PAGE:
The Kearny Board of Education has agreed to settle a tort claim for wrongful termination brought by maintenance employee Brian Doran, who was fired in the fall of 2013 but returned to work last month.
At its May 18 meeting, the board ratified a recommendation by its attorneys to pay a total of $131,698, of which $99,898 goes for back pay for the period September 2013 to April 2015, $15,000 for medical coverage reimbursement and $16,800 for Doran’s legal fees, according to BOE attorney Ken Lindenfelser.
Lindenfelser said the settlement was reached after “ongoing negotiations” between the BOE’s special counsel Genova, Burns, Giantomasi & Webster of Jersey City, in consultation with himself, and the litigant’s attorney Matthew Doran.
Asked how much the board had paid its own lawyers, Lindenfelser said that would be difficult to answer without taking time to sift through the monthly billings submitted by Genova Burns and himself during the year and half of negotiations.
Doran, who had been working for the BOE since January 2004 and who had achieved tenure rights to his job, was ordered suspended with pay by the BOE in 2013, pending tenure charges, after the state Commissioner of Education ruled he should be disqualified based on his criminal record dating from guilty pleas to DUI and marijuana use in 1993 and 1995 – charges expunged in October 2013.
But, on Sept. 24, 2013, the then-Superintendent Frank Ferraro fired Doran without seeking BOE concurrence, triggering a lawsuit by Doran to get his job back. And, in October 2014, the BOE voted to bring back Doran – several months after having placed Ferraro on an involuntary paid leave. (Later, the BOE suspended Ferraro’s pay and set about preparing tenure charges against him, alleging that he had overstepped his authority by terminating Doran.)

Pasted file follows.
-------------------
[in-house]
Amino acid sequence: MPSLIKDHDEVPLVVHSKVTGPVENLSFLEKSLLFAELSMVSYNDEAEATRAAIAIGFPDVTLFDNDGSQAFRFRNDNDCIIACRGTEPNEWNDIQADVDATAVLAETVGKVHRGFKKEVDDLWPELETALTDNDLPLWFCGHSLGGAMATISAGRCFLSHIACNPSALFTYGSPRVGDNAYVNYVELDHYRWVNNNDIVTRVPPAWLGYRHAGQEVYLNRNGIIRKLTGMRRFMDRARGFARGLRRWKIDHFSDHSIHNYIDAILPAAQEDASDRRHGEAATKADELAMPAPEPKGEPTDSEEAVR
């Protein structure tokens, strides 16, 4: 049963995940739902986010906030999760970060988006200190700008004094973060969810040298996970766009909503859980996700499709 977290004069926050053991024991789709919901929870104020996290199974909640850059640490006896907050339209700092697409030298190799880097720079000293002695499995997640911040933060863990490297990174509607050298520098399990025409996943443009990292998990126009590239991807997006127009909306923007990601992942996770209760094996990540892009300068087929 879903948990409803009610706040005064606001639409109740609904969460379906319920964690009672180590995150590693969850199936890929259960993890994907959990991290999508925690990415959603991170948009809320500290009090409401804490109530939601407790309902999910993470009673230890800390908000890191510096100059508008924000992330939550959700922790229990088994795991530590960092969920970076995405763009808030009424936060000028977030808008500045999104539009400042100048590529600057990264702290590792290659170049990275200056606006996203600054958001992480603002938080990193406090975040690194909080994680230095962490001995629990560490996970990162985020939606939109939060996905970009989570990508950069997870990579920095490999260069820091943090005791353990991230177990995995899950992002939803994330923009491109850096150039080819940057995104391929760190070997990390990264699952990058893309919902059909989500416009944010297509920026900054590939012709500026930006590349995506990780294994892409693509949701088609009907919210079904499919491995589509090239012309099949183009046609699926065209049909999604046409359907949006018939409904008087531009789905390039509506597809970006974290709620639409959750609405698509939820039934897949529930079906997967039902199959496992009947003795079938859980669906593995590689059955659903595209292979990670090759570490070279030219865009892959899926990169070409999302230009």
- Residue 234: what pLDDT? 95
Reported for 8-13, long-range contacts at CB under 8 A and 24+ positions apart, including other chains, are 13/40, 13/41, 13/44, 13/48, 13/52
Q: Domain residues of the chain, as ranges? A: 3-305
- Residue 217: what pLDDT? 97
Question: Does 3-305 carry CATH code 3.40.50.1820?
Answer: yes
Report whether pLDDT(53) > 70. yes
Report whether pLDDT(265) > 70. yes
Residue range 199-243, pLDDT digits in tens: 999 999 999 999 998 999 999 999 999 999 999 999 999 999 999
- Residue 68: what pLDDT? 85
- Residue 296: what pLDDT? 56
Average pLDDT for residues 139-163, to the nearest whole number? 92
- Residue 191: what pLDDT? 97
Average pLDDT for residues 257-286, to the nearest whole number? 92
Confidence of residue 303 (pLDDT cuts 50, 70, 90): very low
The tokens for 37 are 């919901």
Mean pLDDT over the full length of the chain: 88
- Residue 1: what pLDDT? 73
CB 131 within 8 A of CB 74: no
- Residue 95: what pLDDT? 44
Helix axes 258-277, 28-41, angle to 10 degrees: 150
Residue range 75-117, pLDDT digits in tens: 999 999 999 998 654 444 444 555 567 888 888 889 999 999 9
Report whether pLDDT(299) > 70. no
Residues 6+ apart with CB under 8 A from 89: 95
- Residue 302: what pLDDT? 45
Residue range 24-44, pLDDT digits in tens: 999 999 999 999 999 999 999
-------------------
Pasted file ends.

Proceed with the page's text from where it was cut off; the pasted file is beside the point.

But before Doran could be returned to his job, the BOE had to deal with the fact that Doran’s brother James had been elected to the board and, Lindenfelser said, “there was concern whether bringing Brian Doran back would present any conflict with the state nepotism policy so the settlement returning Brian Doran to work was conditioned on getting the Commissioner’s approval for this unique situation.” And, in fact, the Commissioner did sign off on the arrangement, he said.
At the time, the issue of retroactive pay was left for later consideration.
Lindenfelser said that when Doran was hired, he underwent a fingerprint background check – as was required for all new BOE employees – but he said the state apparently lost the prints and Doran was asked to repeat the process, which he did.
“But the state has never given us a response to the July 2004 printing,” Lindenfelser said, and nothing more was heard about the situation until the BOE received the Commissioner’s letter 10 years later.
At the time Doran was hired, Lindenfelser said, state law allowed for new school employees to begin working while a background check was in process. Since then, he said, the law was changed and now requires an employee to clear a background check before the employee can actually go on the payroll. “Hopefully, this will prevent this type of situation from happening again,” he said.
– Ron Leir